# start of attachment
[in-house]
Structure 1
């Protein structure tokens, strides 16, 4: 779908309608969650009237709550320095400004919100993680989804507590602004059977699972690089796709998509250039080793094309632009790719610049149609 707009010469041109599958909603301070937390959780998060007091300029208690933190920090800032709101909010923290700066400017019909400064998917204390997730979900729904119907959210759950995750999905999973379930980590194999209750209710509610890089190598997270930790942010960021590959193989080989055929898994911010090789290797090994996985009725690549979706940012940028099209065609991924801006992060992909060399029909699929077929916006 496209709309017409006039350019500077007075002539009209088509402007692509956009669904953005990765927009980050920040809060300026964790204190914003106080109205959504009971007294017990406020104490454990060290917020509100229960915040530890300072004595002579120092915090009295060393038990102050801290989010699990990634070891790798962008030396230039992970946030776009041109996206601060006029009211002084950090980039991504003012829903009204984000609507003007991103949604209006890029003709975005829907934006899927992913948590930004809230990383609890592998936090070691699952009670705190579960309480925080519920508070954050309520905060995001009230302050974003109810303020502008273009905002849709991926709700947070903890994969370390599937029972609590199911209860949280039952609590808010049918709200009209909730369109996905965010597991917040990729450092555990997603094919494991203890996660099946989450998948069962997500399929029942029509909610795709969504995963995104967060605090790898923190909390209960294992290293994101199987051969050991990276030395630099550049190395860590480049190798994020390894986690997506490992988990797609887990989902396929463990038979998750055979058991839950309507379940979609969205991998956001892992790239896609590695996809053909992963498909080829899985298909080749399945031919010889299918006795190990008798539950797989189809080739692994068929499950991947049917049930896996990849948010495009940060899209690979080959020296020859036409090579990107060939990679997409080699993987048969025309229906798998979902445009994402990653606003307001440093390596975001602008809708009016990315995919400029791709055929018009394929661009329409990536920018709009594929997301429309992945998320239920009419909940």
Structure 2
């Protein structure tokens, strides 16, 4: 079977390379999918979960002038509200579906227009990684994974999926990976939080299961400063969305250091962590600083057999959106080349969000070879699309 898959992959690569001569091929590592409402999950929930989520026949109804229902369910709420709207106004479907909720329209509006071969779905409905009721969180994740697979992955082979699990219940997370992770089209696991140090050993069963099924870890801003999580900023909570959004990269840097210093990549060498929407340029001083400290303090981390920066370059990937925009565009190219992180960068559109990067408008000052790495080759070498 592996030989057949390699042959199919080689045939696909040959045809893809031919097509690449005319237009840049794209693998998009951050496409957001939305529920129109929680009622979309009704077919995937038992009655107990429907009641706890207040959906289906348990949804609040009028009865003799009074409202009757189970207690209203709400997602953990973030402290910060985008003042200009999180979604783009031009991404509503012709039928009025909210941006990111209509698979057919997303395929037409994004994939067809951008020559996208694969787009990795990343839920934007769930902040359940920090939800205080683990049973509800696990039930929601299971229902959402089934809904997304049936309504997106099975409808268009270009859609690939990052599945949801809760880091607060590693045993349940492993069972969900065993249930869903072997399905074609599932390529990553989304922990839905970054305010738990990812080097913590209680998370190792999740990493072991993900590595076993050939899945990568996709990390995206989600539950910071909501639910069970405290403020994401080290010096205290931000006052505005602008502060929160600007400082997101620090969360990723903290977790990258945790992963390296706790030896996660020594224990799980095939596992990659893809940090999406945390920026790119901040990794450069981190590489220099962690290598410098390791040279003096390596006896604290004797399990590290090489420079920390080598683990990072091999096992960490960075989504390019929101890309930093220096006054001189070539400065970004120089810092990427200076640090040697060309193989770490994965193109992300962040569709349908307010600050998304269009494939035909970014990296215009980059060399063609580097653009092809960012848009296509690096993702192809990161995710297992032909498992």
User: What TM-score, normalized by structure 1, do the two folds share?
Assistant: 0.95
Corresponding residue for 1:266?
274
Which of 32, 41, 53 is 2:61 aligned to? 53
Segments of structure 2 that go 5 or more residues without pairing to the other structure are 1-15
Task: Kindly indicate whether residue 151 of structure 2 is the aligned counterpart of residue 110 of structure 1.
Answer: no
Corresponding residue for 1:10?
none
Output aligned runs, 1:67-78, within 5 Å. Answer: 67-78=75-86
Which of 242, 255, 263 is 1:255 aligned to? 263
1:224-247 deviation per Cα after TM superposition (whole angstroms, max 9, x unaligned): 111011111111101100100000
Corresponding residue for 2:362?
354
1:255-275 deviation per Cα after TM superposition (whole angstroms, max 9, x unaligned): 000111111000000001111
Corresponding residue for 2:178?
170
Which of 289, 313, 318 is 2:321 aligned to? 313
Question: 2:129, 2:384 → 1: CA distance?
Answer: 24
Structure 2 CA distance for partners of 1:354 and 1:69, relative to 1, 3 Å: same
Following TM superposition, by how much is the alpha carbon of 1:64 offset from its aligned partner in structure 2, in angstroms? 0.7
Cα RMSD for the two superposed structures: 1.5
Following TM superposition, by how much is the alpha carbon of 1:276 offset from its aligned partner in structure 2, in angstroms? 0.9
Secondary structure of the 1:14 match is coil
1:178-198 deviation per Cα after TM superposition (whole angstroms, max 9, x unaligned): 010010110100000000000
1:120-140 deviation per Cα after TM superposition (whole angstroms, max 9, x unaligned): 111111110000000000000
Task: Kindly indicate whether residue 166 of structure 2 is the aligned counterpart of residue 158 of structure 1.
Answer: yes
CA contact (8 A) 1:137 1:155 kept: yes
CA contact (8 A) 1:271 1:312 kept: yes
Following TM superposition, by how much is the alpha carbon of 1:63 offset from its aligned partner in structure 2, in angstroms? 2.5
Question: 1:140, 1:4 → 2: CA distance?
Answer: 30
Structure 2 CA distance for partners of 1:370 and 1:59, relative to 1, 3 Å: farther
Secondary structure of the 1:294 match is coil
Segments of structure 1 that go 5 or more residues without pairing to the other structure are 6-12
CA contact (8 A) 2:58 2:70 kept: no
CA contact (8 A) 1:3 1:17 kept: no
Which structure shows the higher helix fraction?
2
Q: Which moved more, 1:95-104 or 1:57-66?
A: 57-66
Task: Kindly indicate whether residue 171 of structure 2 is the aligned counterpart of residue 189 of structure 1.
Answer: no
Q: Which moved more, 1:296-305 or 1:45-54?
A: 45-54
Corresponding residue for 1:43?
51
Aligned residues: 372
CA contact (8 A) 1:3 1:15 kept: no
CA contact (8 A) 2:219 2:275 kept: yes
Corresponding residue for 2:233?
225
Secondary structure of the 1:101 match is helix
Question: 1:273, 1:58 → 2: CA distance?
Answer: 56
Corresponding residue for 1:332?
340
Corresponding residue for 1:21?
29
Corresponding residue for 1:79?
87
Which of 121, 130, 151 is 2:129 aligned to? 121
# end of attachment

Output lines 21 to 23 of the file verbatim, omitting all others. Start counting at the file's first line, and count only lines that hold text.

1:255-275 deviation per Cα after TM superposition (whole angstroms, max 9, x unaligned): 000111111000000001111
Corresponding residue for 2:178?
170